The upper atmosphere disturbs the trajectory of space debris

Nasa

Since the 1980s, scientists have believed that the increase in the atmospheric concentration of greenhouse gases would cause a general cooling and contraction of the very high atmosphere. This phenomenon has just been demonstrated by a group of researchers who have published their results in the Journal Of Geophysical Research: Atmosphere. This is the first study to establish the presence of widespread cooling and contraction of the upper atmosphere. 

 
The cooling upper atmosphere is evidence that the current climate change is the result of an increase in the greenhouse effect, which in turn is induced in particular by carbon dioxide emissions from human activities. The region concerned is that between the upper and lower atmosphere, between fifty and one hundred kilometres above sea level. 
 
To demonstrate the existence of this phenomenon on a global scale and its extent, the researchers used recent satellite data to update the upper atmosphere temperature databases. The results show that between 2009 and 2012, the upper atmosphere contracted by 1.3 kilometres due to cooling between 2˚ and 19˚C depending on altitude. According to the researchers, only a portion of this estimated 340-metre contraction is attributable to the concentration of carbon dioxide in the atmosphere. 
 
The remaining contraction observed at higher altitudes, above sixty kilometres, is due to a decrease in solar activity over the study period, as the cold air is denser. While the phenomenon has two distinct origins, the difference between the effects of greenhouse gases and solar activity is that the latter is reversible by cycle. 
 
This cooling has very real consequences in addition to causing the upper layers of the atmosphere to sink and being an indicator of the role of greenhouse gases. In particular, it means a decrease in drag and a longer lifetime for space debris in orbit around the Earth. Density decreases with altitude and as friction from air molecules weakens, it influences the trajectory of objects in low orbit. The study’s lead author, Martin Mlynczak, says that the positive aspect is that satellites will stay in orbit longer but so will debris, which will probably increase the risk that individual space objects, such as satellites, will have to adjust their trajectories to avoid collisions. This, he says, could increase the costs of space insurance and be a major factor in future space legislation and policy decisions. 
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unnamed - 2022-12-06T091505.933

The upper atmosphere disturbs the trajectory of space debris

Nasa Since the 1980s, scientists have believed that the increase in the atmospheric concentration of greenhouse gases would cause a general cooling and contraction of the very high atmosphere. This phenomenon has just been demonstrated by a group of researchers who have published their results in the Journal Of Geophysical Research: Atmosphere. This is the first study to establish the presence of widespread cooling and contraction of the upper atmosphere.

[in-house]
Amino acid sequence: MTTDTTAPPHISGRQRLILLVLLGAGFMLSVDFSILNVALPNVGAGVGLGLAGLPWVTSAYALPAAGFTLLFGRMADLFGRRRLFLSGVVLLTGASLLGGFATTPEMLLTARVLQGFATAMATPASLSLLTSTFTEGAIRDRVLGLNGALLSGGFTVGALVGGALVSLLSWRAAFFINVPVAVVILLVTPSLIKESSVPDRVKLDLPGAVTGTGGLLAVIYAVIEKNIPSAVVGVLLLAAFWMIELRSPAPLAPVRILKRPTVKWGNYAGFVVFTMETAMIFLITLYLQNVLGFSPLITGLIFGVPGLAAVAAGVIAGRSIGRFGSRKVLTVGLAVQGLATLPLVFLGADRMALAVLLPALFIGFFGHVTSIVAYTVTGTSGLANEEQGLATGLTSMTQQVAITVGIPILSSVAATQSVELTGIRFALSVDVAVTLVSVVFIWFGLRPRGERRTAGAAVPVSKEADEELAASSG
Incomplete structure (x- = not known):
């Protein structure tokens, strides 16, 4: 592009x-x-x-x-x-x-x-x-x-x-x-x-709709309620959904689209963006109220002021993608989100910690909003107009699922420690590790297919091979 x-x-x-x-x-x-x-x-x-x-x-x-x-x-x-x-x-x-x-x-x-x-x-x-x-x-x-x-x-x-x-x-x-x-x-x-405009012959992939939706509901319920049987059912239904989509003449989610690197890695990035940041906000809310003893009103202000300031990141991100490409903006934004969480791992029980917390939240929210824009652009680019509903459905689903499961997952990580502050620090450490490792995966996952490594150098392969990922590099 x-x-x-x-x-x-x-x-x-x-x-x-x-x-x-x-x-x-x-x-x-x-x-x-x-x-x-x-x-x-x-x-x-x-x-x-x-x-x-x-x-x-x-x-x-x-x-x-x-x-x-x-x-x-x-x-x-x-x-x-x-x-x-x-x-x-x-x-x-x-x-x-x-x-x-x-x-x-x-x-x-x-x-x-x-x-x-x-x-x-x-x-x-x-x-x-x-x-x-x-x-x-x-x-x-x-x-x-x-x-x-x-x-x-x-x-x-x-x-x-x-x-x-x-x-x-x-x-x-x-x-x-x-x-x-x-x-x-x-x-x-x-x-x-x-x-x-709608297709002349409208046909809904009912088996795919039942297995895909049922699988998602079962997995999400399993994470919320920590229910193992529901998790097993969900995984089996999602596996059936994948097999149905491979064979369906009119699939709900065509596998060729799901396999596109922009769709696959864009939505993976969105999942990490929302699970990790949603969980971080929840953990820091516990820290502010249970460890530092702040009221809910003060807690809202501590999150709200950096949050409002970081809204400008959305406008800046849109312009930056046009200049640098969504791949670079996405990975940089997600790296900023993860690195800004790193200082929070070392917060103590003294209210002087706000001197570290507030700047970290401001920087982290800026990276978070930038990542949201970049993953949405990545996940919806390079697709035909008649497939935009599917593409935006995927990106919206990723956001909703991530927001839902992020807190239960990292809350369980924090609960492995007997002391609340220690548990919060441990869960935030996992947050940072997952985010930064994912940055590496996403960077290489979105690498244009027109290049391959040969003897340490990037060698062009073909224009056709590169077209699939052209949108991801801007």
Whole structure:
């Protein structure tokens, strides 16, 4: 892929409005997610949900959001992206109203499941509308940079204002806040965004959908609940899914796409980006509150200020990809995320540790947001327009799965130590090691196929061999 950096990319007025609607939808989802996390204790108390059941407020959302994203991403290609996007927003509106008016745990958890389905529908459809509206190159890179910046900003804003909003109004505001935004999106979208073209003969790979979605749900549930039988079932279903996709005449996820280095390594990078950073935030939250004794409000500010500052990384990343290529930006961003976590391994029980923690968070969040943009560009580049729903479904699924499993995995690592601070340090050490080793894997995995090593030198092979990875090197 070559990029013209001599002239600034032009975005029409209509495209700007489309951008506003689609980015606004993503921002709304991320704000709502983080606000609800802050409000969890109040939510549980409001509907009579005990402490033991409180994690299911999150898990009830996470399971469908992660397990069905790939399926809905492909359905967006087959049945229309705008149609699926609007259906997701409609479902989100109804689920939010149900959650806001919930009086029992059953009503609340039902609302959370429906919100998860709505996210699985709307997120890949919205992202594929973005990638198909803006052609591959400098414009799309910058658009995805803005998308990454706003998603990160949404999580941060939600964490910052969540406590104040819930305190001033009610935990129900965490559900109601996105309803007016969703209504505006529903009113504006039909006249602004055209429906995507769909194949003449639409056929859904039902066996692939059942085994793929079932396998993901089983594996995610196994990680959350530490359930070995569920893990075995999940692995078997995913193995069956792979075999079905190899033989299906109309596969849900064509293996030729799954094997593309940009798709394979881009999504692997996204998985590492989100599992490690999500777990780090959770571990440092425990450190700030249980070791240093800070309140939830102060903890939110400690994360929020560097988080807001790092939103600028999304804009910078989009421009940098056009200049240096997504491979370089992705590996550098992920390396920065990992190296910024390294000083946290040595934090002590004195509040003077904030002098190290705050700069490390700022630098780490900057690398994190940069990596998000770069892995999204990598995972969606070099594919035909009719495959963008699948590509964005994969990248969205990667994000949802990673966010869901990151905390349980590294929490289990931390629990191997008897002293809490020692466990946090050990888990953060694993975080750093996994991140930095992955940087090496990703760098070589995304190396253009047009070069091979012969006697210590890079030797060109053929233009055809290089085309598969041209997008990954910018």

The cooling upper atmosphere is evidence that the current climate change is the result of an increase in the greenhouse effect, which in turn is induced in particular by carbon dioxide emissions from human activities. The region concerned is that between the upper and lower atmosphere, between fifty and one hundred kilometres above sea level. 
 
To demonstrate the existence of this phenomenon on a global scale and its extent, the researchers used recent satellite data to update the upper atmosphere temperature databases. The results show that between 2009 and 2012, the upper atmosphere contracted by 1.3 kilometres due to cooling between 2˚ and 19˚C depending on altitude. According to the researchers, only a portion of this estimated 340-metre contraction is attributable to the concentration of carbon dioxide in the atmosphere. 
 
The remaining contraction observed at higher altitudes, above sixty kilometres, is due to a decrease in solar activity over the study period, as the cold air is denser. While the phenomenon has two distinct origins, the difference between the effects of greenhouse gases and solar activity is that the latter is reversible by cycle. 
 
This cooling has very real consequences in addition to causing the upper layers of the atmosphere to sink and being an indicator of the role of greenhouse gases. In particular, it means a decrease in drag and a longer lifetime for space debris in orbit around the Earth. Density decreases with altitude and as friction from air molecules weakens, it influences the trajectory of objects in low orbit. The study's lead author, Martin Mlynczak, says that the positive aspect is that satellites will stay in orbit longer but so will debris, which will probably increase the risk that individual space objects, such as satellites, will have to adjust their trajectories to avoid collisions. This, he says, could increase the costs of space insurance and be a major factor in future space legislation and policy decisions. 
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